Consultants are the base of the pyramid – the ones who hold parties and sell product. To become a manager, a consultant must recruit new consultants and those consultants must make a minimum amount of sales.
(Funny enough, Tupperware’s MLM model violates some of the points Amway used in court to argue that they weren’t a pyramid scheme.)
Kat D says
I just think there are better ways to make money than joining any MLM and also Tupperware products are way overpriced.
Agreed completely. My post was responding to Barbara above me who thought that documentaries on PBS meant Tupperware was not a scam or cult. It may not be, but it definitely is an MLM. Any MLM is a form of pyramid scheme where the top ranks make money off the work of the bottom ranks, and many who join the bottom ranks spend more than they make.
Ammo Alamo says
I visited a friend at his parent’s house, mid-70s. But they no longer had a home. The only livable parts were a kitchen and two bedrooms. The rest was over 1500 sq. ft. of rooms filled with Shaklee product displays, plus a two-car garage. He told me it was stuffed with product, too, all in bulk. They were apparently one of the successful MLM promoters. It sure looked weird to me. Who needs to buy washing powder fifty pounds at a time except commercial laundries? And the products are all over-priced, with claims of superior performance that were plain unbelievable. And why do you need to buy a motivation tape to go with your giant carton of dryer sheets?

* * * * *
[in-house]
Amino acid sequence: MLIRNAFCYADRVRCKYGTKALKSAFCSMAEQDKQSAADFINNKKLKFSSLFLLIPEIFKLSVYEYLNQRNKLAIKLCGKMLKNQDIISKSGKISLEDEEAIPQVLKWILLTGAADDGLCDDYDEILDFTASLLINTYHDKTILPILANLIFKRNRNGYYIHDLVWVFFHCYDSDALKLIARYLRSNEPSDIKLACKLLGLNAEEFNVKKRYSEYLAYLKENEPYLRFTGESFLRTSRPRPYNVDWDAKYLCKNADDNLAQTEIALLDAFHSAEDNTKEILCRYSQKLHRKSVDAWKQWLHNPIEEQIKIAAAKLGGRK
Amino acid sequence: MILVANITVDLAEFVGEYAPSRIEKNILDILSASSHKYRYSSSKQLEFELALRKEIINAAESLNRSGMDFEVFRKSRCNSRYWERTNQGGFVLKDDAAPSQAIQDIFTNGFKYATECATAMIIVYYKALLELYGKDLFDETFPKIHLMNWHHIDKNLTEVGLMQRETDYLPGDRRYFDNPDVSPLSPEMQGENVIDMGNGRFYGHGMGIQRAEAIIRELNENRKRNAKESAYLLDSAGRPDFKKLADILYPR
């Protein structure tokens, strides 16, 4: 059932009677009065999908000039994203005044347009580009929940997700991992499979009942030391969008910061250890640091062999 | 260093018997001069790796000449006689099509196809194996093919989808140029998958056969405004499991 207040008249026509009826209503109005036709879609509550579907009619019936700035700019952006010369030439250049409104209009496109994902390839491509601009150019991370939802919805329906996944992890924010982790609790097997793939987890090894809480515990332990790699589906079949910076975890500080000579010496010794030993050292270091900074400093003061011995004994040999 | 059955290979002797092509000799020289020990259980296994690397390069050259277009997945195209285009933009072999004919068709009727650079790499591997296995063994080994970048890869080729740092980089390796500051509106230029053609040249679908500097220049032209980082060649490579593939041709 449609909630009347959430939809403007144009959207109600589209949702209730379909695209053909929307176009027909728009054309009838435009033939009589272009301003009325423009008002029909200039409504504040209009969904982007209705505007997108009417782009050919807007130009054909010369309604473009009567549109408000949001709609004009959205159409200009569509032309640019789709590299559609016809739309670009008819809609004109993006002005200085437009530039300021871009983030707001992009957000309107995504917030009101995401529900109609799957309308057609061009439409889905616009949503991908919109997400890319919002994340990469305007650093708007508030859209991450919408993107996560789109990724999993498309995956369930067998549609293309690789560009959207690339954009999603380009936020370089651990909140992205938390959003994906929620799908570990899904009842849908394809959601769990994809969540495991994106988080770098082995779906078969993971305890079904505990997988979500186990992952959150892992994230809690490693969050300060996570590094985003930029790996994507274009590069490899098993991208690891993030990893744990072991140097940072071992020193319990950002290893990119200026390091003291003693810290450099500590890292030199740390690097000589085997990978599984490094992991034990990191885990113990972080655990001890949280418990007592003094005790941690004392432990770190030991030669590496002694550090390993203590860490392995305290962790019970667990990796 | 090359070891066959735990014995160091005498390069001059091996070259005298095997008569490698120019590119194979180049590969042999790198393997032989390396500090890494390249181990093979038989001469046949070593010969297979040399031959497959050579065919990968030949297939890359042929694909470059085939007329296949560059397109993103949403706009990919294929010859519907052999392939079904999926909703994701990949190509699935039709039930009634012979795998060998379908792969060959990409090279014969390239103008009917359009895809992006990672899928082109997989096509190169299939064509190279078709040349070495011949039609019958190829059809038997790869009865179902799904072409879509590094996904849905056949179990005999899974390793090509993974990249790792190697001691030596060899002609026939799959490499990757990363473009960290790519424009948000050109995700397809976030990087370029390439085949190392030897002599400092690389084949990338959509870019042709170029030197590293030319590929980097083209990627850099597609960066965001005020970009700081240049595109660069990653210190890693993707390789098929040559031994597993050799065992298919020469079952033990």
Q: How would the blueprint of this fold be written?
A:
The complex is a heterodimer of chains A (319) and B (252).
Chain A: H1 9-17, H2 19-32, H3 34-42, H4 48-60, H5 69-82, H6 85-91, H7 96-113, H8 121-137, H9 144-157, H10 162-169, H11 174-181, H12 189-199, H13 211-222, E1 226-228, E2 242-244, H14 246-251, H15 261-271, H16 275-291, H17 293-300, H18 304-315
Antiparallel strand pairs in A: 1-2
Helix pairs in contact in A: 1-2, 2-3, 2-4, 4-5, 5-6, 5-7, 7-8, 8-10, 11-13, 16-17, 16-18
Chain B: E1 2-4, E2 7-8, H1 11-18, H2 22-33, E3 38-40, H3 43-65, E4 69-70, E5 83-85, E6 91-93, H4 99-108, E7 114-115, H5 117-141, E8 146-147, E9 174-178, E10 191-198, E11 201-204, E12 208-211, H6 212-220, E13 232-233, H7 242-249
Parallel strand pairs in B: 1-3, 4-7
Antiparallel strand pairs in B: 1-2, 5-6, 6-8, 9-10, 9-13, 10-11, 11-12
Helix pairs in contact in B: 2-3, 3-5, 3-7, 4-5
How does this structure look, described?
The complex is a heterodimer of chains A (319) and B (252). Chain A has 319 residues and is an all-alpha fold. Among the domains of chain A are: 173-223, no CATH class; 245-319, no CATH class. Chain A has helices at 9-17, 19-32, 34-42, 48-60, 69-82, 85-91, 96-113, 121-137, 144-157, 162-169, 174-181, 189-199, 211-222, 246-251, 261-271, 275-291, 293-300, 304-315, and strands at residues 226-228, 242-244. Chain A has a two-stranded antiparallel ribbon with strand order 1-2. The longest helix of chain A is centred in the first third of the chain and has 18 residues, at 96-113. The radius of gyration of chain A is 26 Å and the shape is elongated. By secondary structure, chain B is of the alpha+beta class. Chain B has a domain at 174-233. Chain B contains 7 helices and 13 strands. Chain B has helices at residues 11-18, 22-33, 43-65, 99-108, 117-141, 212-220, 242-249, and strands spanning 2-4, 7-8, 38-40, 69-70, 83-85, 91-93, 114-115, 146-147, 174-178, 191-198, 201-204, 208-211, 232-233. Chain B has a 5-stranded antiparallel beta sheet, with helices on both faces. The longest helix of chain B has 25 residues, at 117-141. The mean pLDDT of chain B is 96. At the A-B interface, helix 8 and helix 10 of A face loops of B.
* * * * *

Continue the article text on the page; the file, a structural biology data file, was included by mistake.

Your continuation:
My biggest warning signal was a simple one – if the products were really good, why were they not sold in retail stores, where their superior value would make them big sellers? Could it be that there are only a few ingredients in the various household products, and there isn’t really anything new under the sun? It’s like over-the-counter pain pills – there are scores of choices, but only aspirin, Tylenol (acetominophen), or Advil (ibuprofen) as the active ingredient(s) in any of them.
I haven’t heard of anyone in a MLM scam in decades. I am sorry to hear they still exist, but I agree they are designed so everyone fails. I’m glad to see they have their vocal detractors, whistleblowers in fact, and support their efforts to bring those shady operations into the harsh light of truth.
Bruce Ploetz says